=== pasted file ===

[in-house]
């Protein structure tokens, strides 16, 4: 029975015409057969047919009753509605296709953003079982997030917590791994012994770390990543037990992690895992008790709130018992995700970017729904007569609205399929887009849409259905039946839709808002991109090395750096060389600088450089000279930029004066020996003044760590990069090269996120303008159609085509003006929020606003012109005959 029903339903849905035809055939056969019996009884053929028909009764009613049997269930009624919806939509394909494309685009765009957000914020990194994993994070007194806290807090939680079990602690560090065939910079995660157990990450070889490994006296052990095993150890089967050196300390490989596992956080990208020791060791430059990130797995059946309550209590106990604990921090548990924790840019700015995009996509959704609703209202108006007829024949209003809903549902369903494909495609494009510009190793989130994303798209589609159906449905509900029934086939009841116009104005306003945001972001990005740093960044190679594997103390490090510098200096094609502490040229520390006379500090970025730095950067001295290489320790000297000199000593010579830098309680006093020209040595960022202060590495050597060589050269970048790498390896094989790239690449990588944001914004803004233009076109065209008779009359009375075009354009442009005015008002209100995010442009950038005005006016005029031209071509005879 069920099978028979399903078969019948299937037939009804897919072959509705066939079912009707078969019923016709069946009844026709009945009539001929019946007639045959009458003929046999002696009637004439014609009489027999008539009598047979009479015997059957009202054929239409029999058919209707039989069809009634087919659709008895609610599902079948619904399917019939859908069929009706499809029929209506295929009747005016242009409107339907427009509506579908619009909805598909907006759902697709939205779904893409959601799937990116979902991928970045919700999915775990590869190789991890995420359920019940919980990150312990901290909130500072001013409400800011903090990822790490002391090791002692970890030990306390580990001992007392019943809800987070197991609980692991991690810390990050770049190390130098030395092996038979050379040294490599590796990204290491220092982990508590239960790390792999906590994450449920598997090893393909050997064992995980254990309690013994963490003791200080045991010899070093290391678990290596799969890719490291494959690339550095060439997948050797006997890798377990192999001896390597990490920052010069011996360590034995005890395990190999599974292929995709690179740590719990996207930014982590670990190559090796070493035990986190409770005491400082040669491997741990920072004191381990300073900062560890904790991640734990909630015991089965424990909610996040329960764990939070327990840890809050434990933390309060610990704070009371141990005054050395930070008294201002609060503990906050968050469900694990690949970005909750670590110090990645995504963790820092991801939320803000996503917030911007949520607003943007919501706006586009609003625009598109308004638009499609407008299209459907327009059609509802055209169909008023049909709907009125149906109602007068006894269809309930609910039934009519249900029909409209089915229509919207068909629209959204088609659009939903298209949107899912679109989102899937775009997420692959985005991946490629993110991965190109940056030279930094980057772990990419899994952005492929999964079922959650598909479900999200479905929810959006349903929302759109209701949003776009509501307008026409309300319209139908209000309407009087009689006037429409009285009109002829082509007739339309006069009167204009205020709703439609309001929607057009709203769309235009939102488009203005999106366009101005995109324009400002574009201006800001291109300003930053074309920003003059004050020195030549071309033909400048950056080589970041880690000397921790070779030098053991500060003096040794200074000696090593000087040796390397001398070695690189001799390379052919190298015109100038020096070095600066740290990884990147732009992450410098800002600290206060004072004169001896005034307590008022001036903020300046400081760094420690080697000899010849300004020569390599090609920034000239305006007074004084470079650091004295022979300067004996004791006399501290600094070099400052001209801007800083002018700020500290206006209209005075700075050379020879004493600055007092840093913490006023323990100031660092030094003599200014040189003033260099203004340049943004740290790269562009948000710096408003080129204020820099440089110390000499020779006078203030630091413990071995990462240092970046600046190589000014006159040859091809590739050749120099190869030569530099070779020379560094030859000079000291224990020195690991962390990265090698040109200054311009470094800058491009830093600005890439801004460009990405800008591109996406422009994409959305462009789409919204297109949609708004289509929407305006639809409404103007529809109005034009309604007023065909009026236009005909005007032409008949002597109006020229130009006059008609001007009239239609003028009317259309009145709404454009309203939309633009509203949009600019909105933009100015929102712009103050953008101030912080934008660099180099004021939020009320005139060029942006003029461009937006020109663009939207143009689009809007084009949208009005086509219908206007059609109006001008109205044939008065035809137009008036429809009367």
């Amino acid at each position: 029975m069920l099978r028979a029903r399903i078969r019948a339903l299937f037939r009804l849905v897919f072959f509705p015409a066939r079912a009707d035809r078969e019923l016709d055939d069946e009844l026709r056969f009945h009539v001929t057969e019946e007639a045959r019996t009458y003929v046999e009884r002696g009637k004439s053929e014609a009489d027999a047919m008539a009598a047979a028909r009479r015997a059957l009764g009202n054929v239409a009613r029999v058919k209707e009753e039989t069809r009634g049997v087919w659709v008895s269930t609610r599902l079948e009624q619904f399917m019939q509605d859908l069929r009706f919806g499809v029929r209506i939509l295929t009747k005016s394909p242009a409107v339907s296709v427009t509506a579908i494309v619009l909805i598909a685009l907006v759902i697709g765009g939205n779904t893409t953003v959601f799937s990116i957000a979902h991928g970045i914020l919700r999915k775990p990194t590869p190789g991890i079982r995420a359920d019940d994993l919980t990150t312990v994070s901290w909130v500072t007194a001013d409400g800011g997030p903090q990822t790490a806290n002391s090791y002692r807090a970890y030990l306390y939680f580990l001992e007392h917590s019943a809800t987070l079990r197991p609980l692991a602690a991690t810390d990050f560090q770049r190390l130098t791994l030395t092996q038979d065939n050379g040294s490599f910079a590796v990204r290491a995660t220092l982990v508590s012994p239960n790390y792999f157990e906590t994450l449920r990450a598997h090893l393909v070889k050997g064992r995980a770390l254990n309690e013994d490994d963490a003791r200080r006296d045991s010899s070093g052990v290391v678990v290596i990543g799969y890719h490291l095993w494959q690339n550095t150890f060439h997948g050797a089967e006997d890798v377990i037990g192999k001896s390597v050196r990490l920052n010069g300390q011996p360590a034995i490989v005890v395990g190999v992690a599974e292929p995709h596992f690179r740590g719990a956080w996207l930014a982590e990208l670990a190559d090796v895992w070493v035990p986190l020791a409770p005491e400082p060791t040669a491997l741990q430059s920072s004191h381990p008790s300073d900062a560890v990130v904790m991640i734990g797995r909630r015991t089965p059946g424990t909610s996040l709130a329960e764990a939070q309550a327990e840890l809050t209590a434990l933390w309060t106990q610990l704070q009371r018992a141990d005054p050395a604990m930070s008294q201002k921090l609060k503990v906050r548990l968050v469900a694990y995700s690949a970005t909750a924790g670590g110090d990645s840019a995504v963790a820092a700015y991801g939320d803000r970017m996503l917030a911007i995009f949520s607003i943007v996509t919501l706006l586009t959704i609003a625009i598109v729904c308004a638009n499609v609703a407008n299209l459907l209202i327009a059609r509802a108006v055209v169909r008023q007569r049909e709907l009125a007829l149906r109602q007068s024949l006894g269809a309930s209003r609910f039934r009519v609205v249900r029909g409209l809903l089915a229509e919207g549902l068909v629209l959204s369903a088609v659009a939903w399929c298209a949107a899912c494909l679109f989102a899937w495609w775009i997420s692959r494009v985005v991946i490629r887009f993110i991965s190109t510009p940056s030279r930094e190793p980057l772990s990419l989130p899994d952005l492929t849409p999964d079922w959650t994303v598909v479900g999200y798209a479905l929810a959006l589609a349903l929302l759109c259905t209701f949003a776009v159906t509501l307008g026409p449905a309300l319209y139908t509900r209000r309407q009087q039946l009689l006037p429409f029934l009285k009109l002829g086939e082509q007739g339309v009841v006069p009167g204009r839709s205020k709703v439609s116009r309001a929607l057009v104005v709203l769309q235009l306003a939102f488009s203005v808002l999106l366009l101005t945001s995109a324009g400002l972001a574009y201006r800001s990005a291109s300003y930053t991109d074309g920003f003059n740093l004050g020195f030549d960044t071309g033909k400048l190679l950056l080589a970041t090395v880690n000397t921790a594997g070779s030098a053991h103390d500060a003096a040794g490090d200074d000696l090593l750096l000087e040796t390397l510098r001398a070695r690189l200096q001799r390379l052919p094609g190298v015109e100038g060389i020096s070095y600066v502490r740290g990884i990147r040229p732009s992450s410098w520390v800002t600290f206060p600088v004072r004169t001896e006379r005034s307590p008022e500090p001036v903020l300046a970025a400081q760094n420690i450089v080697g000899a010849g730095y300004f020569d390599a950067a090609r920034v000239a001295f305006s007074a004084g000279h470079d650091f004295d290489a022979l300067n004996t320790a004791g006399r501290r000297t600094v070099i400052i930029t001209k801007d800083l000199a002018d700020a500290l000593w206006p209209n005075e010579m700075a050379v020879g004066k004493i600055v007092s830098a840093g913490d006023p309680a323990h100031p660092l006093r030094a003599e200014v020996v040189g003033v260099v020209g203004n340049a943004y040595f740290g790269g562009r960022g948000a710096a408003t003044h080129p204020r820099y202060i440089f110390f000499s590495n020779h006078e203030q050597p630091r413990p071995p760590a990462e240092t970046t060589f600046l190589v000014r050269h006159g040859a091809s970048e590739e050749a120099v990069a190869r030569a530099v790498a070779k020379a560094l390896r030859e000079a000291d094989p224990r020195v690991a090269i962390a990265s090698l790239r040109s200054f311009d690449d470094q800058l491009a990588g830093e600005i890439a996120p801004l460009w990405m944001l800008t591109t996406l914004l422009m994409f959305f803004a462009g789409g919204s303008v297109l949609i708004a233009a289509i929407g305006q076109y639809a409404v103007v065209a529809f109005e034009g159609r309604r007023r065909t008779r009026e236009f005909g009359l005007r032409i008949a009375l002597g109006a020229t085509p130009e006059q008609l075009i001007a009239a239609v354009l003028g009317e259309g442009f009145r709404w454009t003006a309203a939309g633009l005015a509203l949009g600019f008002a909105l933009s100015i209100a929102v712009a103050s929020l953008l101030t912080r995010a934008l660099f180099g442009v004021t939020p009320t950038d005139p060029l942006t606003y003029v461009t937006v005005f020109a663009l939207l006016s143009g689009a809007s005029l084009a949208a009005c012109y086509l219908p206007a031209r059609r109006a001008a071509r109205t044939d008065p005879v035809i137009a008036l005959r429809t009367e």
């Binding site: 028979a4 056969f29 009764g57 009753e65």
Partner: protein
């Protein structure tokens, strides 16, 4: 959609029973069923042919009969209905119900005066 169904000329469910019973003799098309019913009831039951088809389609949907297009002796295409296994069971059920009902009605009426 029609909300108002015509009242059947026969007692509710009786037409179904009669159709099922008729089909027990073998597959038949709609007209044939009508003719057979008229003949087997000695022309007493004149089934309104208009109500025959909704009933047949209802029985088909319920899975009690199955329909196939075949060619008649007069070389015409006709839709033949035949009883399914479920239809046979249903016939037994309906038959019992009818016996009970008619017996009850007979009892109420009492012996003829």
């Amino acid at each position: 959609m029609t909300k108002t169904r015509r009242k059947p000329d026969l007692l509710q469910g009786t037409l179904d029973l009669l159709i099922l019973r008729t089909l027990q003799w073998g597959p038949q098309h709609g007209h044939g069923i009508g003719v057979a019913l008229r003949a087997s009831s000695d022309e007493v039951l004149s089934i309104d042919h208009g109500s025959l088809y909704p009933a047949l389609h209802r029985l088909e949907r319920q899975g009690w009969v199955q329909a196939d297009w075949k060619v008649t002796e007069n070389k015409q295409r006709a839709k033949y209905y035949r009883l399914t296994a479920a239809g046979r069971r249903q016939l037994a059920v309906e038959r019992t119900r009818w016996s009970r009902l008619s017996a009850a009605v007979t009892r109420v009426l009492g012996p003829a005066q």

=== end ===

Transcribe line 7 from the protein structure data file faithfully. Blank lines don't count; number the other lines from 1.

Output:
């Amino acid at each position: 959609m029609t909300k108002t169904r015509r009242k059947p000329d026969l007692l509710q469910g009786t037409l179904d029973l009669l159709i099922l019973r008729t089909l027990q003799w073998g597959p038949q098309h709609g007209h044939g069923i009508g003719v057979a019913l008229r003949a087997s009831s000695d022309e007493v039951l004149s089934i309104d042919h208009g109500s025959l088809y909704p009933a047949l389609h209802r029985l088909e949907r319920q899975g009690w009969v199955q329909a196939d297009w075949k060619v008649t002796e007069n070389k015409q295409r006709a839709k033949y209905y035949r009883l399914t296994a479920a239809g046979r069971r249903q016939l037994a059920v309906e038959r019992t119900r009818w016996s009970r009902l008619s017996a009850a009605v007979t009892r109420v009426l009492g012996p003829a005066q």